Pro-Abortion Republicans Running for Governor

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by David Nussman  •  ChurchMilitant.com  •  October 17, 2018   

GOP governor candidates in several states support abortion

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DETROIT (ChurchMilitant.com) - As the 2018 elections approach, pro-life voters in some states will be hard-pressed to find a worthy candidate. 

In states like Oregon and New York, the Republican Party's gubernatorial candidate has little or no support for the pro-life movement.

The GOP candidate for governor in Oregon is Knute Buehler, who supports abortion as well as health care coverage for contraception. With a professional background as a surgeon, Buehler considers enshrining so-called reproductive rights a component of health care reform.

The Oregon race is considered a toss-up between Buehler and Democrat incumbent Gov. Kate Brown. But Brown has been leading in the polls.

Buehler grew up in a non-religious family and is not religious today, but used to attend Catholic Mass with friends when he was younger. He explained, "My parents were not very religious, but I attended church with friends. I most frequently went to Catholic church."


Buehler has said about abortion, "That's a decision between a woman and her physician and should not be political or government-influenced."

He has also opined, "Regardless of what happens at the federal level, Oregon will remain a pro-choice state and I'll continue to do the work that I have done in the past to expand access to contraception."

Though Buehler identifies as "pro-choice," Planned Parenthood Advocates of Oregon complains that he is nowhere near as pro-abortion as his Democratic opponent. They also claim that Buehler is saying one thing to pro-lifers, but another thing to the general public.

The Planned Parenthood lobbying group also criticized Buehler for not condemning new the confirmation of Brett Kavanaugh to the U.S. Supreme Court. The group said on Sept. 25, "Donald Trump nominated Kavanaugh in July, fulfilling his pledge to appoint justices who would gut Roe v. Wade and the constitutional right to access abortion in this country. Since then, two women have come forward with credible allegations of sexual assault. Buehler's response? He's still undecided."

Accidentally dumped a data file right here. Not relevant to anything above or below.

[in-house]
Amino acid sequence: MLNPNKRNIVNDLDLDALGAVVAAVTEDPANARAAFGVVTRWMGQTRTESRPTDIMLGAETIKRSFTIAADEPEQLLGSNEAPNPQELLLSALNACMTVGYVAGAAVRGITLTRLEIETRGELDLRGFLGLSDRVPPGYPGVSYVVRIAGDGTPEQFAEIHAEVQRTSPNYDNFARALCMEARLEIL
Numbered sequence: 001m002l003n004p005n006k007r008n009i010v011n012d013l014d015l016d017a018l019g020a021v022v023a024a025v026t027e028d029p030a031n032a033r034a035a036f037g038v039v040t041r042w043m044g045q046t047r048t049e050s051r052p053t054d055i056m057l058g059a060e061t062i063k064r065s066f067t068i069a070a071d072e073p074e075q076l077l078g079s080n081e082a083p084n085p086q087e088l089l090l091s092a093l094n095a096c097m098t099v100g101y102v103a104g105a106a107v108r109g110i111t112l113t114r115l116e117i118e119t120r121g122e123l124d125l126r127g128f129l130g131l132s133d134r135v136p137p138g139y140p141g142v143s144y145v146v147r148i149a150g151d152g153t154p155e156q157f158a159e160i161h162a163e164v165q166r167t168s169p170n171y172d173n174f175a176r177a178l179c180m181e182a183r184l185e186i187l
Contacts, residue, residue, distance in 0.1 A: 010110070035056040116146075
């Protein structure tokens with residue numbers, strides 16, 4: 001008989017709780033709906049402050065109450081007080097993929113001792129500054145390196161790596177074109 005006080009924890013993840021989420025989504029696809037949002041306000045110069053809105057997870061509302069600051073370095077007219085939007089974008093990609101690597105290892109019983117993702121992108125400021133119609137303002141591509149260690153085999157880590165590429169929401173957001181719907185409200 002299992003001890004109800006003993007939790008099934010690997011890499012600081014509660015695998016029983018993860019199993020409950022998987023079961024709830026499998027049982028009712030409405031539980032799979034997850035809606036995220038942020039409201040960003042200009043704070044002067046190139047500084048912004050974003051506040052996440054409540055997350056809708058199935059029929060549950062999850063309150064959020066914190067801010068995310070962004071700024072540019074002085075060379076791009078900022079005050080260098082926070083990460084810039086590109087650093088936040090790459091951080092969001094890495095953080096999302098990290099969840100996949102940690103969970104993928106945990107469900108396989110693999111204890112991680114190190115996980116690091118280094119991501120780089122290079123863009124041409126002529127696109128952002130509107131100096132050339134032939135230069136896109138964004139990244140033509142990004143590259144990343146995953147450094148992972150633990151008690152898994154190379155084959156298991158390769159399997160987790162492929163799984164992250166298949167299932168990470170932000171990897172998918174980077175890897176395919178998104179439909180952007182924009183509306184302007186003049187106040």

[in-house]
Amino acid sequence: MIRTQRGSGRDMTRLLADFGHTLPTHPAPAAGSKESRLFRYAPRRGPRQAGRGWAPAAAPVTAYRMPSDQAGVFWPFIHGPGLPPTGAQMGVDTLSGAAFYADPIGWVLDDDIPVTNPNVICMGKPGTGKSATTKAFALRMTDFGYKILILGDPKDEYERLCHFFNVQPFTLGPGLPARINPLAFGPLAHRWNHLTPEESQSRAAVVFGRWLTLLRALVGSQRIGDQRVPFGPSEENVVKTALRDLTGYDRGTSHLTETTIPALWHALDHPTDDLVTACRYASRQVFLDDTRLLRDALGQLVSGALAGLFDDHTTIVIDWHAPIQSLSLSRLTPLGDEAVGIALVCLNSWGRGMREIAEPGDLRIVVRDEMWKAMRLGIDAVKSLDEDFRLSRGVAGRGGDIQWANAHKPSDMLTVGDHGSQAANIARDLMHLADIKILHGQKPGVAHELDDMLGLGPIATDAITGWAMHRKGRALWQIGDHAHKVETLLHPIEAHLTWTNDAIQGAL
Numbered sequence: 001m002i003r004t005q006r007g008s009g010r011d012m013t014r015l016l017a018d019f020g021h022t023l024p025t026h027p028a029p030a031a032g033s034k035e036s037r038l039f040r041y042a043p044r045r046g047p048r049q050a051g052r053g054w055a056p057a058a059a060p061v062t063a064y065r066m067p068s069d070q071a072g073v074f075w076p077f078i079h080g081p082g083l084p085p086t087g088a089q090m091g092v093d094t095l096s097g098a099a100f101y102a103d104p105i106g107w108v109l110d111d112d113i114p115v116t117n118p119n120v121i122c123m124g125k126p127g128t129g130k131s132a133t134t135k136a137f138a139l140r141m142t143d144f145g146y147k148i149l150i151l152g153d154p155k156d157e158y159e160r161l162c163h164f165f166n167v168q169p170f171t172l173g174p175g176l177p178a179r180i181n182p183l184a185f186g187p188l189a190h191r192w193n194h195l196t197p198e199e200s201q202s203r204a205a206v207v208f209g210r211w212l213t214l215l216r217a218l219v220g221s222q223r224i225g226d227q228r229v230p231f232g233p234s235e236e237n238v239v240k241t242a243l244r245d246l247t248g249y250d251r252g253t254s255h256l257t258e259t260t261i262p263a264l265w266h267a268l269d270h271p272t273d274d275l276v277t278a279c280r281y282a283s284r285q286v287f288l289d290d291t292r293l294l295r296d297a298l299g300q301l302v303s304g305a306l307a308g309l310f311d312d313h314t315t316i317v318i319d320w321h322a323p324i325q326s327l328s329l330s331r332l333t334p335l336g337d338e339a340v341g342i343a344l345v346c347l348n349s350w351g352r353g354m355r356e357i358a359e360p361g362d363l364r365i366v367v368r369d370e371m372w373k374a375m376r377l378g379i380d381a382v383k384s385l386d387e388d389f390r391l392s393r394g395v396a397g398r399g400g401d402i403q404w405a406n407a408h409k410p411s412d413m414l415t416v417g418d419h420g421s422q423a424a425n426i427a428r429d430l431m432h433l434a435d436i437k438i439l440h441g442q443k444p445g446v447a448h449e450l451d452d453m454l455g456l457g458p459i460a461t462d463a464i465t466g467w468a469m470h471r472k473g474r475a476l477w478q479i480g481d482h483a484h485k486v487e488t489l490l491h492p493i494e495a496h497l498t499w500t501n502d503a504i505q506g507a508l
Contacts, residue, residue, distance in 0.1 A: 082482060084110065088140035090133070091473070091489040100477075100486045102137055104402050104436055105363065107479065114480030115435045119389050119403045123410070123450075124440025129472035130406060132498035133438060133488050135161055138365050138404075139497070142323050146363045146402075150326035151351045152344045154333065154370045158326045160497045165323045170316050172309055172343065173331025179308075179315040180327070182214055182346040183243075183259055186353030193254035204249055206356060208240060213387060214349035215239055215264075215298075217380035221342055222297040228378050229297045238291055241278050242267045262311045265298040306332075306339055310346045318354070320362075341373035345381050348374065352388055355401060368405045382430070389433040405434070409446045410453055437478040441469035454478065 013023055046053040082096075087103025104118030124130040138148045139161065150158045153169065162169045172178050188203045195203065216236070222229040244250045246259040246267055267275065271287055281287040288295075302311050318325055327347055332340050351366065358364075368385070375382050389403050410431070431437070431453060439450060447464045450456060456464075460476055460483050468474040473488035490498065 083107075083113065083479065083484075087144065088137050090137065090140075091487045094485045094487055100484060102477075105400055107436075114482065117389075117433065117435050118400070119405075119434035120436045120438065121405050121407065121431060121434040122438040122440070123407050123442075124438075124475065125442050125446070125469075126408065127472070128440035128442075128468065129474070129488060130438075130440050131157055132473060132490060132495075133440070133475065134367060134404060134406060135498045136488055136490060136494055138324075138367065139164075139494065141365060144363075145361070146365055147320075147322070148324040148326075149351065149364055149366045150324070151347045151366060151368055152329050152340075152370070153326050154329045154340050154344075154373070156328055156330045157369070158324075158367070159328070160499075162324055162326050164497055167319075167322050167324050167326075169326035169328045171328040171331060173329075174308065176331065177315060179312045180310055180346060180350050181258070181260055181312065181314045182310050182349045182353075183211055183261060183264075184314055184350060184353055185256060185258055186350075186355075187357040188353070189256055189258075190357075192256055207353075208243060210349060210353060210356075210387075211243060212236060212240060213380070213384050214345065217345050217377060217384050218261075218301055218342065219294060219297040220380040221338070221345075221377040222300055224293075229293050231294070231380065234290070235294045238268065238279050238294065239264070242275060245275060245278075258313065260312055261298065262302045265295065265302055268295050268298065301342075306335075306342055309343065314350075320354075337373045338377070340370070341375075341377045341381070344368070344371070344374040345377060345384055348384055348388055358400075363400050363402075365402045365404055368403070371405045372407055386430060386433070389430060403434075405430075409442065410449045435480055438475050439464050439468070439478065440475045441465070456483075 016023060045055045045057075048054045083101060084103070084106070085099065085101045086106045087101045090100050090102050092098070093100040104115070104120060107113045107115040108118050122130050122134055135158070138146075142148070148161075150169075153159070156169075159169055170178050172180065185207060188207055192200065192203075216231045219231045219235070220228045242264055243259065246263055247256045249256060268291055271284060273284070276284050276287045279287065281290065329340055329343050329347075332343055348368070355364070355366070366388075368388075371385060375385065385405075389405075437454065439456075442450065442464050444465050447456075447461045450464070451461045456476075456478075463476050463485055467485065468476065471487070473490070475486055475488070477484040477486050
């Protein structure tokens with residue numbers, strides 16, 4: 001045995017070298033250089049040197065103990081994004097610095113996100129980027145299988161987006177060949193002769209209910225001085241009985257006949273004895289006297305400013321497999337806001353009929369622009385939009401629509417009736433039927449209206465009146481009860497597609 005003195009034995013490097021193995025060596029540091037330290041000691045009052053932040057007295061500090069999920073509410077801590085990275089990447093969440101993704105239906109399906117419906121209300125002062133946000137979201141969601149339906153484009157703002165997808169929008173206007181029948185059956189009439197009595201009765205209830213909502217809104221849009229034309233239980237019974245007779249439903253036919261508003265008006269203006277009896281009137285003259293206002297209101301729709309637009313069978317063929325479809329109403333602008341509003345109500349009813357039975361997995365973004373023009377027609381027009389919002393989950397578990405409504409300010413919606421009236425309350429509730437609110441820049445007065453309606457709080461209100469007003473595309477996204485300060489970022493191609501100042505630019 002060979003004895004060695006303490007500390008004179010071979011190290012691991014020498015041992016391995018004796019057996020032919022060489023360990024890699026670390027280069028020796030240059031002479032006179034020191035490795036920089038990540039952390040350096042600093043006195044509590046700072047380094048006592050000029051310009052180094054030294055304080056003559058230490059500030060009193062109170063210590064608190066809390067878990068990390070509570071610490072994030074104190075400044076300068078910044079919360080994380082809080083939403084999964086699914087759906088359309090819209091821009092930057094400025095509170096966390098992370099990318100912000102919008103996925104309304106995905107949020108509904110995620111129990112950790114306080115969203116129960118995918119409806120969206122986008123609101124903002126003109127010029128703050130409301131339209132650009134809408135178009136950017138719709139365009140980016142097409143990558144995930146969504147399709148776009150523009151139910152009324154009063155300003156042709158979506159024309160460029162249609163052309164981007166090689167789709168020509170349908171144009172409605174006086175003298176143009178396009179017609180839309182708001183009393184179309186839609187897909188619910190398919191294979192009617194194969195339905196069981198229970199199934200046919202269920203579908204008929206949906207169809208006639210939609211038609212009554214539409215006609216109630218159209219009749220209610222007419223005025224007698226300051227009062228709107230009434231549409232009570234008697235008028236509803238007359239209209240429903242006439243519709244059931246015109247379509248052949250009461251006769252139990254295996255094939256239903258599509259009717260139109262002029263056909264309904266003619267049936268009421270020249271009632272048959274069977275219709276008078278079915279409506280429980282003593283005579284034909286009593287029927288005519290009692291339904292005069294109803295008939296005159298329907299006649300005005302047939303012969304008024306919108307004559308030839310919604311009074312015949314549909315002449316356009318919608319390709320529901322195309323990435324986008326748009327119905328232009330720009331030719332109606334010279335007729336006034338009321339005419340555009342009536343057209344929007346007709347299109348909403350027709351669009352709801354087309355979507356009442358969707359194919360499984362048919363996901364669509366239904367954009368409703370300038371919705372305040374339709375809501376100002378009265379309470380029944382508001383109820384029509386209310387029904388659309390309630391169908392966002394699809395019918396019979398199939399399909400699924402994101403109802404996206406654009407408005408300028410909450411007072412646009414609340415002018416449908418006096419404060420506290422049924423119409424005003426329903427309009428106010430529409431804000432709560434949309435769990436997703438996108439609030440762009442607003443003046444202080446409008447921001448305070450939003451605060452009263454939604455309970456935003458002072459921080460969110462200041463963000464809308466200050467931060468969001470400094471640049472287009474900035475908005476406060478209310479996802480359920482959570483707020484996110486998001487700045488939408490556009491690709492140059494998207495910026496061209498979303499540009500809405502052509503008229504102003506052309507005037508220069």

Regardless of what happens at the federal level, Oregon will remain a pro-choice state.

Similarly, the GOP gubernatorial candidate for New York is also casting himself as "pro-choice."

Republican candidate for governor Marc Molinaro says late-term abortion is against his personal beliefs, but he promises that he will not work to oppose abortion if he becomes governor.

"I have a personal belief ... I do not support late-term abortion," Molinaro said in June.

He also commented, "I realize Roe v. Wade is settled law."

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Molinaro's opponent, the incumbent Democratic Gov. Andrew Cuomo, calls himself a Catholic but is adamantly pro-abortion. Cuomo has a 100 percent approval rating from pro-abortion lobbying group NARAL.

If pro-lifers want the law in the United States to become more pro-life, then having pro-life governors is an important part of that. Regulation of abortion at the state level is already an important issue; if Roe v. Wade ever gets overturned, then states will be at liberty to pass even stronger laws against abortion. 

Pro-abortion RINO governors have at times thwarted pro-life legislation. In Illinois, for instance, Republican Gov. Bruce Rauner had the chance to veto a bill that expanded taxpayer funding for abortion, but he signed it into law in September 2017. When Rauner did this, he contradicted an earlier statement that he would oppose the bill.

Having pro-life majorities in state legislatures can also be important in the fight against abortion. If a state government passes pro-life legislation into law, pro-abortion activists could challenge the law and fight a lengthy legal battle until it gets to the U.S. Supreme Court. With President Donald Trump's appointee Brett Kavanaugh now sworn in as a Supreme Court justice, this could potentially lead to an overturning of Roe v. Wade, which enshrined abortion as a constitutional right.

 

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